Vatican II: Sacrosanctum Concilium

In the 19th Century, the Liturgical Movement began to pick up steam as theologians called for a new liturgical piety, which flowed from the faithful's participating more fully in the Holy Sacrifice of the Mass by uniting their hearts and minds to the prayers and actions of the liturgy. This objective was greatly aided by the use of hand missals, which had the prayers in both Latin and English so that the faithful could more easily follow along. This Liturgical Movement was officially recognized by the Church in 1947, when Pope Pius XII released the Church's first liturgical encyclical, Mediator Dei, "The Mediator of God." It was during these years that Pius XII set up a commission to help with the reform of the Liturgy, and this was well before Vatican II; this commission was responsible for the restoration of the Easter Vigil among other things.

When Pope John XXIII announced the Second Vatican Council in January of 1959, Pius XII's commission was ended as the liturgy and its reform would be dealt with during the council. A new commission was eventually set up, being composed of bishops, priests, religious and scholars representing as territorially wide an area as possible. This commission was charged with drawing up a draft for the Fathers of the Second Vatican Council to discuss and work from. The Constitution on the Liturgy was what came from all this work and it was the first document promulgated by Vatican II, giving a clear signal that the Sacred Liturgy is of primary importance to the Church and in it's own words, that "[t]he liturgy is the summit toward which the activity of the Church is directed; at the same time it is the font from which all her power flows.” (SC, 10)

The first chapter discusses in a theological fashion the nature of the Sacred Liturgy, namely what is it. “From this it follows that every liturgical celebration, because it is an action of Christ the priest and of His Body which is the Church, is a sacred action surpassing all others; no other action of the Church can equal its efficacy by the same title and to the same degree.” (SC, 7) The Liturgy is the work of God, the action of Christ the priest who unites us to Himself in His sacrifice to the Father and thus brings about our redemption. It is in the Sacred Liturgy that we most fully encounter Jesus: crucified, died, risen from the dead and gloriously ascended into heaven.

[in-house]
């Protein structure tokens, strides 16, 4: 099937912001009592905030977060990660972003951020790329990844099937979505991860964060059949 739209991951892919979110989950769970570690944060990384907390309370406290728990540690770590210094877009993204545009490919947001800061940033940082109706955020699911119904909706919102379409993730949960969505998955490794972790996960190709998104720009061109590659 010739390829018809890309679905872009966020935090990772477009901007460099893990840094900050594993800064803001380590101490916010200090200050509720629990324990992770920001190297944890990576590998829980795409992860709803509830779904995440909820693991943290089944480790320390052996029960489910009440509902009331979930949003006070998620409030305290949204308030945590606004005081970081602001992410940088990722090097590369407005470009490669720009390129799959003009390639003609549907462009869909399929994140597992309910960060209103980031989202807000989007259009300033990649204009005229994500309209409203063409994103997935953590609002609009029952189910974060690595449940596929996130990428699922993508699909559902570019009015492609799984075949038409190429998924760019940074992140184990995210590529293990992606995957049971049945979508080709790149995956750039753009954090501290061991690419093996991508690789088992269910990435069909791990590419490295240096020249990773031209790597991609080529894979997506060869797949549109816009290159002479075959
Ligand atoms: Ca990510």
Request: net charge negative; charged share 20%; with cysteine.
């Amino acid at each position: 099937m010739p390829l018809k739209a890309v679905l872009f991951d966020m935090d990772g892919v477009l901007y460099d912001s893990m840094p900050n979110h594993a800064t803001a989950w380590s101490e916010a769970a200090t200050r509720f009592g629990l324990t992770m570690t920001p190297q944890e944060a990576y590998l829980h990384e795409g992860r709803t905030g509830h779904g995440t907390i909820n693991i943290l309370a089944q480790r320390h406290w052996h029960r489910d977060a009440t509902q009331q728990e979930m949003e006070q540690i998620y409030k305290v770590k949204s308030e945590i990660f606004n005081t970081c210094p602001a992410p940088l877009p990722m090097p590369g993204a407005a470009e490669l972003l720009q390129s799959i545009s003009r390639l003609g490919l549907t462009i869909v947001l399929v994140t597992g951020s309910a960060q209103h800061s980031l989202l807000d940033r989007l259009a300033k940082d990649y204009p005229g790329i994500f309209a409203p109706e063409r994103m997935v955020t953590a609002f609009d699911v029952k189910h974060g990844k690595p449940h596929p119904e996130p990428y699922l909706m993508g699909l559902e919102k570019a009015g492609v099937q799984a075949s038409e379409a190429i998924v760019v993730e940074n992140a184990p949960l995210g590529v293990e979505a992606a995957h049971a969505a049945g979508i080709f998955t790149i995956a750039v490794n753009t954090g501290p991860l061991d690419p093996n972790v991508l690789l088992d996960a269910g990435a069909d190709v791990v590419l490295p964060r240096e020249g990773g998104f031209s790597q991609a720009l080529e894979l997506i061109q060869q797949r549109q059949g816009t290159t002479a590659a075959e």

The Church proceeds to speak of its desire for full, conscious and active participation in the Liturgy. This idea goes back to the beginnings of the Liturgical Movement in the late 19th century, and received official recognition from the Church in 1903 in Pius X's encyclical, Tra Le Solicitudine. Unfortunately many people have interpreted this in a way contrary to what the Church has said, by associating “full, active and conscious” participation with 'doing' something at Mass (Reader, Server, Usher, Extraordinary Minster of Holy Communion, etc...). However, the Council and the Popes since that time have repeatedly stated that to fully, consciously and actively participate means first and foremost to live a life in accordance with the Gospel so that when we are present at the Sacred Liturgy, we can enter into the true spirit of the liturgy by uniting our hearts with the prayers, songs, responses and gestures.

The Church then goes on to speak about the Holy Mass, the Divine Office (prayer-book of priests), the Liturgical Year, Sacred Art and Music. Of interest is the fact that Vatican II said, “The use of the Latin language is to be preserved in the Latin rites,” (SC, 36) while allowing for the vernacular in the parts of the Mass that pertain to the people (readings, homily, prayers of the faithful). The Council never mentions the priest facing the people, as opposed to the 2,000 year old tradition of the priest facing the east, where Christ will come again in glory, or the removal of altars and altar rails. These three things, the use of vernacular languages, the priest facing the people and the removal of altars and altar rails, are probably the most obvious differences in post-Conciliar liturgies, even though the Council never addressed two of them, and stated that Latin is to be retained in the Latin Rite of the Church; it added: “Nevertheless steps should be taken so that the faithful may also be able to say or to sing together in Latin those parts of the Ordinary of the Mass which pertain to them.” (SC, 54)

Obviously what the Second Vatican Council says about the Sacred Liturgy is much richer and more exhaustive than what I have written here, but it is my hope that this brief article will propel you to prayerfully read the actual text. It can be found at: